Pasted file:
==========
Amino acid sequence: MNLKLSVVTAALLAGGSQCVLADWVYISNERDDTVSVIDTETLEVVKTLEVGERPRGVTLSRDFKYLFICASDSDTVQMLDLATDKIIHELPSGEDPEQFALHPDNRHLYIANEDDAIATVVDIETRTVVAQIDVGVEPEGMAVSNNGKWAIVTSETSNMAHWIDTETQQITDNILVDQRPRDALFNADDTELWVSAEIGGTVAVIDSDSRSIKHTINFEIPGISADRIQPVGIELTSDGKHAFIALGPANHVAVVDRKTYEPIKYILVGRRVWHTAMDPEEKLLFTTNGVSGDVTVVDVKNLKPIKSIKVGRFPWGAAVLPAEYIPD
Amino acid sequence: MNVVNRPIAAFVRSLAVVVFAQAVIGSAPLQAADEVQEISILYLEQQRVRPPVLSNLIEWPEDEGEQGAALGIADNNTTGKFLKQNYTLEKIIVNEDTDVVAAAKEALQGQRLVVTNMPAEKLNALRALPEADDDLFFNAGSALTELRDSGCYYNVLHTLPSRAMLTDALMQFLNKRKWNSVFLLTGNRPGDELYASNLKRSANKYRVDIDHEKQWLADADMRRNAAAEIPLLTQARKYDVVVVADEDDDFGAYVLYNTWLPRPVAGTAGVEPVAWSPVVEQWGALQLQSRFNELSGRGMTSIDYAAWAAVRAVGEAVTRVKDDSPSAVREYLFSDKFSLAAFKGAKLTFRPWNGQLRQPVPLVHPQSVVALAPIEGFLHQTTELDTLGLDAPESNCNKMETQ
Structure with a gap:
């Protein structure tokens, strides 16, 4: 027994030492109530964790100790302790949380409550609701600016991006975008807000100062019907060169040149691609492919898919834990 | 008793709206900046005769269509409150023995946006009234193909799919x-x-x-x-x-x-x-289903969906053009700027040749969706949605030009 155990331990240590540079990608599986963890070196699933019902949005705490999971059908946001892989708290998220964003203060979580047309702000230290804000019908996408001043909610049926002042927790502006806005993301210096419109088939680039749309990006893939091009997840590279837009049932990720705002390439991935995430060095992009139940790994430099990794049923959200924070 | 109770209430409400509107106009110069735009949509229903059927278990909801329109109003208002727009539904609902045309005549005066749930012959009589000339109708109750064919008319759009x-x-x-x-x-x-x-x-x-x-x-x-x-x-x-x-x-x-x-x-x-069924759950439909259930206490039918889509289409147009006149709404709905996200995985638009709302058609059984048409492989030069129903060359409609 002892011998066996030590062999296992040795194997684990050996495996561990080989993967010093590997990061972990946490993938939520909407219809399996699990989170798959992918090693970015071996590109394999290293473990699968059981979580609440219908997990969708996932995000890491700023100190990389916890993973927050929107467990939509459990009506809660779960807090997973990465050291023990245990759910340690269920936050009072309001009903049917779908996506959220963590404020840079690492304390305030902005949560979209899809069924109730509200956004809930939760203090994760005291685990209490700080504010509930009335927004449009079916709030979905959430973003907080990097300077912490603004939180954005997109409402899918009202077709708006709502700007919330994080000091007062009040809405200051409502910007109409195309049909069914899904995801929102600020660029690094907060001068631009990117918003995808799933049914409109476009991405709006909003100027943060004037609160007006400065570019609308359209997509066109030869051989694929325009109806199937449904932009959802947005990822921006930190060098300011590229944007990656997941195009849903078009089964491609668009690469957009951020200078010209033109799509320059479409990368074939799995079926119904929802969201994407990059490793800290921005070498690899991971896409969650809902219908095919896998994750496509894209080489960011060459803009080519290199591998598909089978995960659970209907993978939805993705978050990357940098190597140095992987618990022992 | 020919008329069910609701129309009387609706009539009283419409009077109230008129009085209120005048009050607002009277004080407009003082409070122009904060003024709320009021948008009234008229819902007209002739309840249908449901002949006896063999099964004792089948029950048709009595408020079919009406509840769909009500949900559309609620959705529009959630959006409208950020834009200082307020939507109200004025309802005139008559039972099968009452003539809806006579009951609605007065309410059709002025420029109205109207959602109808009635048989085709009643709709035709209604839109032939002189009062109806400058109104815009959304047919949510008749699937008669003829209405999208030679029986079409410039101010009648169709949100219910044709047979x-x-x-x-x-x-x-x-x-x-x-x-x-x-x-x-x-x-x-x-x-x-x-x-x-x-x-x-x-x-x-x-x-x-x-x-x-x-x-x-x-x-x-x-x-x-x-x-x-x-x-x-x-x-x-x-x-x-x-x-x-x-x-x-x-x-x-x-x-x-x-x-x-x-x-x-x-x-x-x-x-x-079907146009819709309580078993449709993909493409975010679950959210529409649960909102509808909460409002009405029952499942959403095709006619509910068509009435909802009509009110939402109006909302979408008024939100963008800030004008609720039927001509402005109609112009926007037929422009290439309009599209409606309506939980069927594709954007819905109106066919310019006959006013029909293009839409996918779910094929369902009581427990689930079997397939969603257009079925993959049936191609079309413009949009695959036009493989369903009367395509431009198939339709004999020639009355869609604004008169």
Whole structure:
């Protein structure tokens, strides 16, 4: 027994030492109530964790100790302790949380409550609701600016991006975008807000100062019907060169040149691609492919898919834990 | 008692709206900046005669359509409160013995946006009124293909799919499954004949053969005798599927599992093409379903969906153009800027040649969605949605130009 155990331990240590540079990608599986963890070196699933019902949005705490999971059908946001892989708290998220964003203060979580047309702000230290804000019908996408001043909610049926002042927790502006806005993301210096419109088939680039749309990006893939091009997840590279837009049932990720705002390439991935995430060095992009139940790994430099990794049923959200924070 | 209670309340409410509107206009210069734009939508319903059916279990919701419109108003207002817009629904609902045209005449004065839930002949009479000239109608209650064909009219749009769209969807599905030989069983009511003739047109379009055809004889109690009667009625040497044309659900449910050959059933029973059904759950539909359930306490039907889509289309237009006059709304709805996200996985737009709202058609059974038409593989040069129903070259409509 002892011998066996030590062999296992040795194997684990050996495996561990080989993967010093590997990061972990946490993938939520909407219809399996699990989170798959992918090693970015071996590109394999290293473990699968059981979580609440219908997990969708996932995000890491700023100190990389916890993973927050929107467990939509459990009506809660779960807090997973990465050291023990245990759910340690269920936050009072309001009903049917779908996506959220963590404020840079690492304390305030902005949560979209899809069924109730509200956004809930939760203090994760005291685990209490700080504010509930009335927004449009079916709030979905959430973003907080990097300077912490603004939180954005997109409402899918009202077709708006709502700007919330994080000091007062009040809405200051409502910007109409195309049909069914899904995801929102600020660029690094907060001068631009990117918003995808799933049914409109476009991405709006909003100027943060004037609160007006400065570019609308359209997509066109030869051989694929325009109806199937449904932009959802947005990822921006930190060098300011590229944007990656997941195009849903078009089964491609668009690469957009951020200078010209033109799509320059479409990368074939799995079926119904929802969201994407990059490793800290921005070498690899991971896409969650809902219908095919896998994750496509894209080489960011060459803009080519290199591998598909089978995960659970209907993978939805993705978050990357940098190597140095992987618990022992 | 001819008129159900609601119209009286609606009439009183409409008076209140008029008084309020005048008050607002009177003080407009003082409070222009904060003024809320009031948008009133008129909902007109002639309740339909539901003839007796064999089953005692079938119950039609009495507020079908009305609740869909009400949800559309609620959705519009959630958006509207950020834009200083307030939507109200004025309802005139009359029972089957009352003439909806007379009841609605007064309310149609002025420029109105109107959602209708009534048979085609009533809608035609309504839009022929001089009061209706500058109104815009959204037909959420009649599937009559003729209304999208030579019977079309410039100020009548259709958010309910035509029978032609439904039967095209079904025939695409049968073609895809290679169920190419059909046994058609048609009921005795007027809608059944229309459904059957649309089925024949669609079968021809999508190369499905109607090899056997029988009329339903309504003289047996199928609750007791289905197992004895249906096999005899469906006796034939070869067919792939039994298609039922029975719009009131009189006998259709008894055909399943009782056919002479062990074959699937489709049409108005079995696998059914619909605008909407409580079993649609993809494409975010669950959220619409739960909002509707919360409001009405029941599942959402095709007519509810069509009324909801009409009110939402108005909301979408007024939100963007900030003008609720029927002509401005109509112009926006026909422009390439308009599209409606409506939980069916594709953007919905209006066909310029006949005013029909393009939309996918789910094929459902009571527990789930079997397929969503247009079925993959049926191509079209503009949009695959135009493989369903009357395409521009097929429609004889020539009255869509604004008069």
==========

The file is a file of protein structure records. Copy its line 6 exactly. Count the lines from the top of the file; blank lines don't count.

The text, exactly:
């Protein structure tokens, strides 16, 4: 027994030492109530964790100790302790949380409550609701600016991006975008807000100062019907060169040149691609492919898919834990 | 008692709206900046005669359509409160013995946006009124293909799919499954004949053969005798599927599992093409379903969906153009800027040649969605949605130009 155990331990240590540079990608599986963890070196699933019902949005705490999971059908946001892989708290998220964003203060979580047309702000230290804000019908996408001043909610049926002042927790502006806005993301210096419109088939680039749309990006893939091009997840590279837009049932990720705002390439991935995430060095992009139940790994430099990794049923959200924070 | 209670309340409410509107206009210069734009939508319903059916279990919701419109108003207002817009629904609902045209005449004065839930002949009479000239109608209650064909009219749009769209969807599905030989069983009511003739047109379009055809004889109690009667009625040497044309659900449910050959059933029973059904759950539909359930306490039907889509289309237009006059709304709805996200996985737009709202058609059974038409593989040069129903070259409509 002892011998066996030590062999296992040795194997684990050996495996561990080989993967010093590997990061972990946490993938939520909407219809399996699990989170798959992918090693970015071996590109394999290293473990699968059981979580609440219908997990969708996932995000890491700023100190990389916890993973927050929107467990939509459990009506809660779960807090997973990465050291023990245990759910340690269920936050009072309001009903049917779908996506959220963590404020840079690492304390305030902005949560979209899809069924109730509200956004809930939760203090994760005291685990209490700080504010509930009335927004449009079916709030979905959430973003907080990097300077912490603004939180954005997109409402899918009202077709708006709502700007919330994080000091007062009040809405200051409502910007109409195309049909069914899904995801929102600020660029690094907060001068631009990117918003995808799933049914409109476009991405709006909003100027943060004037609160007006400065570019609308359209997509066109030869051989694929325009109806199937449904932009959802947005990822921006930190060098300011590229944007990656997941195009849903078009089964491609668009690469957009951020200078010209033109799509320059479409990368074939799995079926119904929802969201994407990059490793800290921005070498690899991971896409969650809902219908095919896998994750496509894209080489960011060459803009080519290199591998598909089978995960659970209907993978939805993705978050990357940098190597140095992987618990022992 | 001819008129159900609601119209009286609606009439009183409409008076209140008029008084309020005048008050607002009177003080407009003082409070222009904060003024809320009031948008009133008129909902007109002639309740339909539901003839007796064999089953005692079938119950039609009495507020079908009305609740869909009400949800559309609620959705519009959630958006509207950020834009200083307030939507109200004025309802005139009359029972089957009352003439909806007379009841609605007064309310149609002025420029109105109107959602209708009534048979085609009533809608035609309504839009022929001089009061209706500058109104815009959204037909959420009649599937009559003729209304999208030579019977079309410039100020009548259709958010309910035509029978032609439904039967095209079904025939695409049968073609895809290679169920190419059909046994058609048609009921005795007027809608059944229309459904059957649309089925024949669609079968021809999508190369499905109607090899056997029988009329339903309504003289047996199928609750007791289905197992004895249906096999005899469906006796034939070869067919792939039994298609039922029975719009009131009189006998259709008894055909399943009782056919002479062990074959699937489709049409108005079995696998059914619909605008909407409580079993649609993809494409975010669950959220619409739960909002509707919360409001009405029941599942959402095709007519509810069509009324909801009409009110939402108005909301979408007024939100963007900030003008609720029927002509401005109509112009926006026909422009390439308009599209409606409506939980069916594709953007919905209006066909310029006949005013029909393009939309996918789910094929459902009571527990789930079997397929969503247009079925993959049926191509079209503009949009695959135009493989369903009357395409521009097929429609004889020539009255869509604004008069």